No permission for ‘Modi Not Welcome’ image on UK parliament
Authorities responsible for Britain’s parliament have warned groups and marketing and advertising professionals they could face prosecution for guerrilla projections on the iconic buildings such as the “Modi Not Welcome” image.world Updated: Mar 09, 2016 15:33 IST
Authorities responsible for Britain’s parliament on Monday warned groups and marketing and advertising professionals that they could face prosecution for guerrilla projections on the iconic buildings such as the “Modi Not Welcome” image.
“Modi Not Welcome”, with an image of Prime Minister Narendra Modi, was one of the recent projections on the buildings. It was done by the campaign group Awaaz UK in October, days before his visit to London and made headlines.
But authorities said the buildings are not “not free billboards” for publicity.
Referring to the “Modi Not Welcome” image, a parliamentary spokesperson told Hindustan Times on Monday: “The House of Commons did not give permission for this image to be projected onto the Houses of Parliament.”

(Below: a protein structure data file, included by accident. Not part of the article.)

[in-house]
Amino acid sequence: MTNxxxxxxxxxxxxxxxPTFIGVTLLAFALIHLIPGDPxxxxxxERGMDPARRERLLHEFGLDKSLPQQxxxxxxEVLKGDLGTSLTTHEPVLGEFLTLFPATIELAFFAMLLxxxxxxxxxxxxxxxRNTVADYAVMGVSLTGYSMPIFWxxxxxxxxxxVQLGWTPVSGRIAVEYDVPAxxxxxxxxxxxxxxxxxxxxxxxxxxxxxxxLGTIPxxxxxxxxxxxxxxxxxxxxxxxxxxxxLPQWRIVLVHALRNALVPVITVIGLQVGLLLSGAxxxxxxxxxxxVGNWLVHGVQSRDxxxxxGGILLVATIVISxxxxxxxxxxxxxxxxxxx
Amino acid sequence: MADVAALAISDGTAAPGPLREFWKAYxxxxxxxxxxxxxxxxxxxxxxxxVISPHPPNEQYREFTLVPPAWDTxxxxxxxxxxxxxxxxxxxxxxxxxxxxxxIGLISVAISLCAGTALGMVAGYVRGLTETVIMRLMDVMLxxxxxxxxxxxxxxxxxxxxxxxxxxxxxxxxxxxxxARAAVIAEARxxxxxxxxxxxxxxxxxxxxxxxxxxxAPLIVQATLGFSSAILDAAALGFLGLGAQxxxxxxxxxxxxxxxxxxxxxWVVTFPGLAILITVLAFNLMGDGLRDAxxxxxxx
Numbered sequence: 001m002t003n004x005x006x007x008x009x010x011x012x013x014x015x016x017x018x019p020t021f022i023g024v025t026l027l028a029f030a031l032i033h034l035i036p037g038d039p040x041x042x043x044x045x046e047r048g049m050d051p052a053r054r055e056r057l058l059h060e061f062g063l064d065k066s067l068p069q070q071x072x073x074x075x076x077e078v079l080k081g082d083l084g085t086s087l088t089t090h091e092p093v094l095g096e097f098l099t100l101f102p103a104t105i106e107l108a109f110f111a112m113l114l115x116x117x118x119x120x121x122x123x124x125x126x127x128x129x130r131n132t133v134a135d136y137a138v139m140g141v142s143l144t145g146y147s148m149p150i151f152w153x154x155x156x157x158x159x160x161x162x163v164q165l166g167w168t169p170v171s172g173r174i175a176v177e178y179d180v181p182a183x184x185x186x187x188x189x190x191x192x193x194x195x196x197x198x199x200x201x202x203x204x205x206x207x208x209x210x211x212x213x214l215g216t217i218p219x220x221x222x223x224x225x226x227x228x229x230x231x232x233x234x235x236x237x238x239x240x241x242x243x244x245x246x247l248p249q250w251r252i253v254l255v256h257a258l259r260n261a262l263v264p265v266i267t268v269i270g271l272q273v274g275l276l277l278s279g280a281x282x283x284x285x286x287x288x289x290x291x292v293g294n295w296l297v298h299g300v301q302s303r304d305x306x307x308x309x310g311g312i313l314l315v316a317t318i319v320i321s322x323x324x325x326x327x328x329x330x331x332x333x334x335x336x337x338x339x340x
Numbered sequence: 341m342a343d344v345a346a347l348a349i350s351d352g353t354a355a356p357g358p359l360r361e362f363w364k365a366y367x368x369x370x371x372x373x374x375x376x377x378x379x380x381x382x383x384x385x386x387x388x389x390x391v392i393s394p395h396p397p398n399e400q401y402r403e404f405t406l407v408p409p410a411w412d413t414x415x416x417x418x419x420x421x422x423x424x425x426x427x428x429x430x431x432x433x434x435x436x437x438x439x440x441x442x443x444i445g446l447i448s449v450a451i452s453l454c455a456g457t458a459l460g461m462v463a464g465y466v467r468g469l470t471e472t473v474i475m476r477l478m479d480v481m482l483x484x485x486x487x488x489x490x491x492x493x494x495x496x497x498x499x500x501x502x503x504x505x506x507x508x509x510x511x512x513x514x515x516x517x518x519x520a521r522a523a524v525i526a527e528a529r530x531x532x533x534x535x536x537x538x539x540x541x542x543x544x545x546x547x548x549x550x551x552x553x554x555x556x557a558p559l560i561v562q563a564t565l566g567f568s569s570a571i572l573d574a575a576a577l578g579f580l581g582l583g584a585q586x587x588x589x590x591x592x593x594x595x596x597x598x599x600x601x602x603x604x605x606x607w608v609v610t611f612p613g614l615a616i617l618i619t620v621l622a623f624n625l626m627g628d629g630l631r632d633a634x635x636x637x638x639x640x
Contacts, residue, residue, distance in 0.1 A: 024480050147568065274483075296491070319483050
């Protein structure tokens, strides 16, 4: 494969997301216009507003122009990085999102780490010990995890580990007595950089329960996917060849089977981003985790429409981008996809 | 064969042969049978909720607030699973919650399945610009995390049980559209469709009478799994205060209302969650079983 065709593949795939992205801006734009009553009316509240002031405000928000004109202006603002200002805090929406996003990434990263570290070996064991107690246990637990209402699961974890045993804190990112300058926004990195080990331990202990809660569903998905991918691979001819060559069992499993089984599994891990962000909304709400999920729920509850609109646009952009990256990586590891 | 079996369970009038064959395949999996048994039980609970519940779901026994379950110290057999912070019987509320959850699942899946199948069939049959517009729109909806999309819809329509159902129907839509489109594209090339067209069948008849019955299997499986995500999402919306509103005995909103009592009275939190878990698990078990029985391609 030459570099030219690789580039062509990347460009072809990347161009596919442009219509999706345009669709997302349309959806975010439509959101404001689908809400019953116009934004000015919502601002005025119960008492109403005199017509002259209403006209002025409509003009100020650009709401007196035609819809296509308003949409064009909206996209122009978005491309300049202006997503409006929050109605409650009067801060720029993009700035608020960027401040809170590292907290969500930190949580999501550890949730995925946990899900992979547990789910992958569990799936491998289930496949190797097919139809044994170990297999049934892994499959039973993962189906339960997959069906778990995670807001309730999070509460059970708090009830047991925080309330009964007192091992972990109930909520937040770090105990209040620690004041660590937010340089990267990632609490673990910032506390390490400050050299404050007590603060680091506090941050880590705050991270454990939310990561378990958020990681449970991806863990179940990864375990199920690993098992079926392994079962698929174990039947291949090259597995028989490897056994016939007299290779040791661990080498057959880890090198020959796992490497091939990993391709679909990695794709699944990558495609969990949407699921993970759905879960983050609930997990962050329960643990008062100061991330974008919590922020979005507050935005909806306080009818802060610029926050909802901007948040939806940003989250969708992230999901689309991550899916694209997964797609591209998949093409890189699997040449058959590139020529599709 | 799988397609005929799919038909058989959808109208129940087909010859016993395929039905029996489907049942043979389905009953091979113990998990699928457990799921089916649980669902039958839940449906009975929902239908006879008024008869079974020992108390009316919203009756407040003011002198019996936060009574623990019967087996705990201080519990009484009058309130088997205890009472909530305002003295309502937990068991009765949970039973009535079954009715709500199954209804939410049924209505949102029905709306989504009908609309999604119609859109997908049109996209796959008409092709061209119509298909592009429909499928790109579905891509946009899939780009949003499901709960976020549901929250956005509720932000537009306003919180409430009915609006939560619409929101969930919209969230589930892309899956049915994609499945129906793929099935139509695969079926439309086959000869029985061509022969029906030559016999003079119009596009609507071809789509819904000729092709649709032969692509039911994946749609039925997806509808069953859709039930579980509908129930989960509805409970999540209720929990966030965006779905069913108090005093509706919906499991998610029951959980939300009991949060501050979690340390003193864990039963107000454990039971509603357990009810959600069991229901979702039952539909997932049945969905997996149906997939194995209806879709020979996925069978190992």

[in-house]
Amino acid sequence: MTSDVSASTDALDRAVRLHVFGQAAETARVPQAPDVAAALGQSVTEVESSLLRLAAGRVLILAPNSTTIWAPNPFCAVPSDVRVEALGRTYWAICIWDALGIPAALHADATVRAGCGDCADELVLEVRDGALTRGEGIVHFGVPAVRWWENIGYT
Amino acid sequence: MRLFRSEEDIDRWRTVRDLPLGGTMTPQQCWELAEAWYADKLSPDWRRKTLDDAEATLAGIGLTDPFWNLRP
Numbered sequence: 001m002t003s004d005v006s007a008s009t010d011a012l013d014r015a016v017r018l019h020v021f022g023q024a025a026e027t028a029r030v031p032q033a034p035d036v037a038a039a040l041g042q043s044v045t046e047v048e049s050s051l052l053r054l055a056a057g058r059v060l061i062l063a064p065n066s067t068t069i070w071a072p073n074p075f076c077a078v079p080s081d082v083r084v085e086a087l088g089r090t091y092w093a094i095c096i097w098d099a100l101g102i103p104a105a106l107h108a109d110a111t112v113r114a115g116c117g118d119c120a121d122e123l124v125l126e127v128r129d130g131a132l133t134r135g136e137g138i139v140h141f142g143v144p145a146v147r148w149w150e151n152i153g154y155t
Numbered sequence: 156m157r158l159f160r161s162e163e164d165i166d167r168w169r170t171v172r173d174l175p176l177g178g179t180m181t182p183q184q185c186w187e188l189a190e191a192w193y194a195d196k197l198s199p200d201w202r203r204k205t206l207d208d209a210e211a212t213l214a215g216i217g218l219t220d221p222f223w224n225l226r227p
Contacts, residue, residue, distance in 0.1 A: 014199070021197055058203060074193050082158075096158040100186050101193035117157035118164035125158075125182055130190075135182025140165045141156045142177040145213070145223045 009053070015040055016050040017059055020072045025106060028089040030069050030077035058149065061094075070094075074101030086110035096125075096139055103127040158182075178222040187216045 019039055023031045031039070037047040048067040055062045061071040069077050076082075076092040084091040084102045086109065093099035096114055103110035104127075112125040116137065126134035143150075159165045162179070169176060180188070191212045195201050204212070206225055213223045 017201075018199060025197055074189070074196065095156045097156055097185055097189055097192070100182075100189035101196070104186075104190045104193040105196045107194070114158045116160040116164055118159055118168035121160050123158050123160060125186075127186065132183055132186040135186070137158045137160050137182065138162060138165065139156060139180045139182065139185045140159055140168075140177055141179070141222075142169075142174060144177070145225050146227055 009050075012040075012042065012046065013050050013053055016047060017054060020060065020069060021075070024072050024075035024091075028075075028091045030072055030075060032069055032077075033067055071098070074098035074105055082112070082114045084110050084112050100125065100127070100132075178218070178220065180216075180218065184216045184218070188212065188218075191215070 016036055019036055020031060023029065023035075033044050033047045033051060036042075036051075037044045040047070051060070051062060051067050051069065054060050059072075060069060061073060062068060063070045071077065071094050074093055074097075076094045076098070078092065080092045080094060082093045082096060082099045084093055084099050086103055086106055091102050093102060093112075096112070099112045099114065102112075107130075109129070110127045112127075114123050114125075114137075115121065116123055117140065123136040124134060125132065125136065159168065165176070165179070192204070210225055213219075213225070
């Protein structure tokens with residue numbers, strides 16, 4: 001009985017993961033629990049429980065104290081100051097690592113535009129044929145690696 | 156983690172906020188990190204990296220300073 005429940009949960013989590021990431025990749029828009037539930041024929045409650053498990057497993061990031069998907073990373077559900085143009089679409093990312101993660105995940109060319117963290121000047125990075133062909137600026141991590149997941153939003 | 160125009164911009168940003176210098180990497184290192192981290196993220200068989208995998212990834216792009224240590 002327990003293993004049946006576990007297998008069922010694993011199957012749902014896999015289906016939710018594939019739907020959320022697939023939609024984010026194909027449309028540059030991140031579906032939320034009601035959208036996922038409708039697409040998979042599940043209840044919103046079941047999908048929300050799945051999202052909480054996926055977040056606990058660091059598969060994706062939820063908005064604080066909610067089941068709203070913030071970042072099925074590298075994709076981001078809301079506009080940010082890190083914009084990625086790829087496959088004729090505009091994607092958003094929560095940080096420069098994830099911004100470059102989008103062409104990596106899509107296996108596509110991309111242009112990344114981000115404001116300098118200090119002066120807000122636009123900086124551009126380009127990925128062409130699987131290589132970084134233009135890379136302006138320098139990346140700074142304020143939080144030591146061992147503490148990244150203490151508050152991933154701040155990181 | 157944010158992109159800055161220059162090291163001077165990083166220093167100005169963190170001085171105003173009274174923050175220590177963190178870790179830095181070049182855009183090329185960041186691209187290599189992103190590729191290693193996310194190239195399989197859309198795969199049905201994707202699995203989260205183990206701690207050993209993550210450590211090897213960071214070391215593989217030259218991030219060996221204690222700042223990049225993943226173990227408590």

Lee Bridges, director of External Communications at the House of Commons, said, “These buildings are not free billboards – proposals to project commercial campaigns that are not in the national interest will not be granted permission. The council can pursue incidents where a projection has been made without its permission.”
The projection depicted Modi holding a sword in one hand and a shield with the Om symbol with a swastika superimposed. Above it were the letters “Modi Not Welcome”.
The spokesperson added: “As a much-loved public building and international symbol of the United Kingdom, it is important that the Elizabeth Tower (Big Ben) and other parliamentary buildings can be enjoyed by citizens and visitors alike and their symbolic status protected.”
Several guerrilla marketing projections on the buildings since the late 1990s have been noted.
“Having commercial messaging beamed on to them compromises this symbolic status, which is why there are planning laws requiring permissions to be granted before any projection is allowed,” the spokesperson added.
To legally project on to the Houses of Parliament, requestors need permission from the speaker of the House of Commons and the planning department of Westminster City Council.
Bridges said the Houses of Parliament, famed for their stunning Gothic architecture, are part of a Unesco World Heritage Site and need to be enjoyed as such.